The Perry Ridge blockade of 1997: environmental political action, place and the role of local knowledge.




Ross, Noah

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This thesis is concerned with understanding how the distinct “knowledges” articulated by environmental activists address the places that activists relate to. Through an engagement with the theoretical work of Edward Casey and Doreen Massey, it is argued that humans engage with specific places through an embodied encounter that takes place on the basis of particular evolving cultural traditions. These cultural traditions are influenced by the relations that are encountered in specific places through the course of inhabitation, creating local ecological and social knowledges in the process. Based on this understanding, it is argued that framings of environmental politics by environmental activists in relation to culturally specific scientific understandings of nature are often unable to address the particularity of local social and ecological relations that are contested in specific places. The danger is that contesting environmental politics in terms of the language of nature will de-emphasize the importance of local political relations and the knowledges that are generated in relation to these scales of political engagement. This theoretical argument is developed in connection to a case study of the Perry Ridge blockade, an anti-logging demonstration that took place in the Slocan Valley during 1997. It will be argued that there are important aspects of the politics of environmental activists involved in the Perry Ridge blockade that are based on the knowledge generated through inhabitation of the Slocan Valley. The presence of local ecological knowledge in the Perry Ridge blockade indicates that elements of local activist traditions are subjugated when analyses of environmental politics are understood in terms of abstract cultural discourses such as nature. This conclusion indicates that rural environmental activists are not only engaged in a politics of nature but often also in the messier political processes encountered through inhabitation in places. Given that discourses of nature that are scientifically generated are able to jump scales and impact local political processes, the danger is that the use of such discourses will restrict attempts by local activists to engage in a more thorough way with the complex politics of specific rural places.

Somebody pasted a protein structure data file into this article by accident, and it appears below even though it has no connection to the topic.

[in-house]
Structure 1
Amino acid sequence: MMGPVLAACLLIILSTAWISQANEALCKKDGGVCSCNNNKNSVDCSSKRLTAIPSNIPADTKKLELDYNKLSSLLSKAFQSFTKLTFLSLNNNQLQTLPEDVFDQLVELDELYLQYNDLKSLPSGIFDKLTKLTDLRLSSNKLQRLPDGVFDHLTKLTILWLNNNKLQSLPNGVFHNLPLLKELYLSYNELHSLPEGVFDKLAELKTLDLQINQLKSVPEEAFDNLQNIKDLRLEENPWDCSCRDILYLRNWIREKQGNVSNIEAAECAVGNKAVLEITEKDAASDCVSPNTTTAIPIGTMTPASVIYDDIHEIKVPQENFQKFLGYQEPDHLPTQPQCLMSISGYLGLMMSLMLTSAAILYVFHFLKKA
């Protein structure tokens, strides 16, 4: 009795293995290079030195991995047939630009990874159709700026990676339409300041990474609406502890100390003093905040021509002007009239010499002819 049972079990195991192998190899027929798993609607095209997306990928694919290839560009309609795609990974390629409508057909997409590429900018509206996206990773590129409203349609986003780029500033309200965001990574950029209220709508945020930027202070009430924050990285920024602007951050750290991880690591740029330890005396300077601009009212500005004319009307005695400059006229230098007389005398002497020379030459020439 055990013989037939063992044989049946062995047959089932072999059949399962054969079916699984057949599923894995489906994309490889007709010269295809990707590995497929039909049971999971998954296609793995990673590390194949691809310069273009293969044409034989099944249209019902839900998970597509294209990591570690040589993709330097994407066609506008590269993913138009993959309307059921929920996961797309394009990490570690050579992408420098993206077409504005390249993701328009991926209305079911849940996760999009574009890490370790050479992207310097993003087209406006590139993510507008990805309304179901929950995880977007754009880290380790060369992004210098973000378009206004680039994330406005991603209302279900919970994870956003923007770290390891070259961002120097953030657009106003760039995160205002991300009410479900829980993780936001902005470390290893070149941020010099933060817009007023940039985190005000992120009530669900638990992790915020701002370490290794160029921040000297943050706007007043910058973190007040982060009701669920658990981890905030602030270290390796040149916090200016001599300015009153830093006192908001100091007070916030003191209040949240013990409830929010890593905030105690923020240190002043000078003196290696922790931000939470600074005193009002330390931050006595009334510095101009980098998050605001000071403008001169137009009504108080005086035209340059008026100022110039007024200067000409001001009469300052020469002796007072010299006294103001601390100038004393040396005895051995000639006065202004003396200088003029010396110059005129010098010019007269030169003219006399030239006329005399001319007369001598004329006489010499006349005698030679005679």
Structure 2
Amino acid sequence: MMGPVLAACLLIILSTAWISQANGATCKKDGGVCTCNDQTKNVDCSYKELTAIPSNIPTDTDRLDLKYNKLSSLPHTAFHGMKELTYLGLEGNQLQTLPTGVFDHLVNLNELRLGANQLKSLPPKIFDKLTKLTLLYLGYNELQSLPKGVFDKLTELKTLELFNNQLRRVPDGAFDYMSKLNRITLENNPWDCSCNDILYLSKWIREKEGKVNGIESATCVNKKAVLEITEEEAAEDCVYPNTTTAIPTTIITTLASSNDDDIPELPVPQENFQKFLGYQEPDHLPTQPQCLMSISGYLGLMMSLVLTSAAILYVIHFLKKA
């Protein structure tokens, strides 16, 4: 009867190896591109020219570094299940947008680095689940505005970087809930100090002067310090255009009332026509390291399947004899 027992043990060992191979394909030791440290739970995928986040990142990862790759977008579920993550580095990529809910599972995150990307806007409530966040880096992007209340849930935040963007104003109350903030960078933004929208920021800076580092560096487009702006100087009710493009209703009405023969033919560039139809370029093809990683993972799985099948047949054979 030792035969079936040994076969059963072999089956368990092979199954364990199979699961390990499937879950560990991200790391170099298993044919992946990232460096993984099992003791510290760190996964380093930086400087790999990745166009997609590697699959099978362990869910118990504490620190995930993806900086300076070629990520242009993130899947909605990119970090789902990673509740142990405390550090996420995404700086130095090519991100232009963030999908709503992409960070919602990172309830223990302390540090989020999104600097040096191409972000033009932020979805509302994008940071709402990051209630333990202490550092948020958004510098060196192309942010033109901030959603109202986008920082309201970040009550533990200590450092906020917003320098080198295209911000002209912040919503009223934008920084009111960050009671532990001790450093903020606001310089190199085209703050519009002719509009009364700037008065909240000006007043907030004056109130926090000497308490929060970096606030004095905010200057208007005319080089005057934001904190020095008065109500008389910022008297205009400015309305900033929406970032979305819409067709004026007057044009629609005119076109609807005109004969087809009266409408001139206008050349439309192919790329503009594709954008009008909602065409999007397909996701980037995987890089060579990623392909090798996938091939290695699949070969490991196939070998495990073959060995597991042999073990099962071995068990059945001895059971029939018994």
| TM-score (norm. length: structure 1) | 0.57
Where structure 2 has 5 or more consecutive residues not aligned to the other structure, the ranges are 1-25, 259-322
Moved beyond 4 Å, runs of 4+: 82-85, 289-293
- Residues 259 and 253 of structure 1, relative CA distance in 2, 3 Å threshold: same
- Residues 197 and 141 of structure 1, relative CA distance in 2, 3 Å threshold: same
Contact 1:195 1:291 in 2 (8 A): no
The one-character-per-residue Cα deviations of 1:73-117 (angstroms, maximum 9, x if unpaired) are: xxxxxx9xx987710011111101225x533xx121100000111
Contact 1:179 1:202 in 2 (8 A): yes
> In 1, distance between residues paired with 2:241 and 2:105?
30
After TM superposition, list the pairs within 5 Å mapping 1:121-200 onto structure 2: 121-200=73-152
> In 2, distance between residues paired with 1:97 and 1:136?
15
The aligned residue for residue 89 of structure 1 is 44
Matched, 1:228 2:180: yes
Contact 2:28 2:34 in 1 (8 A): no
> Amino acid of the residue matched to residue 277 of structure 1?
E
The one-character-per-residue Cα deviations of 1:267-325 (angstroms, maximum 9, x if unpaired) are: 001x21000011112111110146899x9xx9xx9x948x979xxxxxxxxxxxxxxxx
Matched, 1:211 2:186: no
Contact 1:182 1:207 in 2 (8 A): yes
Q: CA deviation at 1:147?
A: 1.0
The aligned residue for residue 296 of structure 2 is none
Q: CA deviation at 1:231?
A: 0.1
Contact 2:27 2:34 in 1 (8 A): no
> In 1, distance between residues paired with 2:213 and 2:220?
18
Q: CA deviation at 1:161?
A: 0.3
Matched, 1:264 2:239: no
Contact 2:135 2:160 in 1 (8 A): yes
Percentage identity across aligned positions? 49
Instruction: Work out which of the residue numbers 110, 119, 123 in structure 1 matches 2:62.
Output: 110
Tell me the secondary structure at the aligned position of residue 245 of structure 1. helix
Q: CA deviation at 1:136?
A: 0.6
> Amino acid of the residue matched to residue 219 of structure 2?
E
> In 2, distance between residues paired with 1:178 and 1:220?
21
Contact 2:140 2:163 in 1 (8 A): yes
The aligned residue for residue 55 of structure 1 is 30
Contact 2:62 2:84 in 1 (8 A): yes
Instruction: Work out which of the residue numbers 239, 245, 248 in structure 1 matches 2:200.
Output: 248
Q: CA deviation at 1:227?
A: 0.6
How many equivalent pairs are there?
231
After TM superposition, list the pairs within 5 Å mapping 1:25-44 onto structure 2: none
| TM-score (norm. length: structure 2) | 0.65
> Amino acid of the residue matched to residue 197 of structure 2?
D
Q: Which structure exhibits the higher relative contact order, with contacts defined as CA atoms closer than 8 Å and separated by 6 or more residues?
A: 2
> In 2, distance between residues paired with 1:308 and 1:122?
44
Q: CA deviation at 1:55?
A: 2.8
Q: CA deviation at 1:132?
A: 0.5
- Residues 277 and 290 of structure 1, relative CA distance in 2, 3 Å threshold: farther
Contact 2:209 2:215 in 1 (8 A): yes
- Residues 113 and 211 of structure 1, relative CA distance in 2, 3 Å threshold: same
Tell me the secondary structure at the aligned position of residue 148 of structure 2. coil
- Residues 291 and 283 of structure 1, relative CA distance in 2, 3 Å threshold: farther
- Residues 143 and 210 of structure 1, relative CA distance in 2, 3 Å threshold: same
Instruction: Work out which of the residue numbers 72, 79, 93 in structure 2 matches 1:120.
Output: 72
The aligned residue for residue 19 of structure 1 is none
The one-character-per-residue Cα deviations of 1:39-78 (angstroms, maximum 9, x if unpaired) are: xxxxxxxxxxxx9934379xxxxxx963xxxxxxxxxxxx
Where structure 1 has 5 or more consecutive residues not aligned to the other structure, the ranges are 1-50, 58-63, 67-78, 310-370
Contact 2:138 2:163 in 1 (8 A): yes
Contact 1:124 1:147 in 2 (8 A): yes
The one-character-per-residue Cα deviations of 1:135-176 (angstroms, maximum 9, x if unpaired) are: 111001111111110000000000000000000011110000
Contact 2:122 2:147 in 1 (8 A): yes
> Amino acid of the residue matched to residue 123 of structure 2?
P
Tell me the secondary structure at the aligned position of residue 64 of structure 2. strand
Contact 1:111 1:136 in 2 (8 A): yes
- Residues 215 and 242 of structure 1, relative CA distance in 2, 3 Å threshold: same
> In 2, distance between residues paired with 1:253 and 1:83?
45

Dissent, Environmental Politics, Place, Rural Politics, Local Ecological Knowledge, Political Theory